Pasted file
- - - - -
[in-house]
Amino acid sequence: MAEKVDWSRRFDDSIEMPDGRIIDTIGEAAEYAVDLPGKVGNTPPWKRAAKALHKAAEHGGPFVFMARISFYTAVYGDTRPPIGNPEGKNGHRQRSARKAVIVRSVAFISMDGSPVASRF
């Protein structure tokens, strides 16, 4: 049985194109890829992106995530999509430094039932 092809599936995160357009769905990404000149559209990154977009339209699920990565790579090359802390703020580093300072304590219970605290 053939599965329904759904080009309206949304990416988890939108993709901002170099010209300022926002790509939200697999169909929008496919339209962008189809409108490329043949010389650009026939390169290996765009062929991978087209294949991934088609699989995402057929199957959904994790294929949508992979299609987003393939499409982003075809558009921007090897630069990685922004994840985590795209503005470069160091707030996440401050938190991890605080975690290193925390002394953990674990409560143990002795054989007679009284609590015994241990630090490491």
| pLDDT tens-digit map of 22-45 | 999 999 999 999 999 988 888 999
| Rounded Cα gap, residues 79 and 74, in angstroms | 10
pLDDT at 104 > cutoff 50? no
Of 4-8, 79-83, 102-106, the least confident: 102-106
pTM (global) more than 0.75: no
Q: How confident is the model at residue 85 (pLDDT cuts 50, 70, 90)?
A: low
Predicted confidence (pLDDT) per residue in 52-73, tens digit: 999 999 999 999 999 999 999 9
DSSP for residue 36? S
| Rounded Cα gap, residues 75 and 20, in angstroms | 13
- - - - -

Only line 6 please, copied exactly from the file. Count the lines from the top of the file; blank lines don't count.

pLDDT at 104 > cutoff 50? no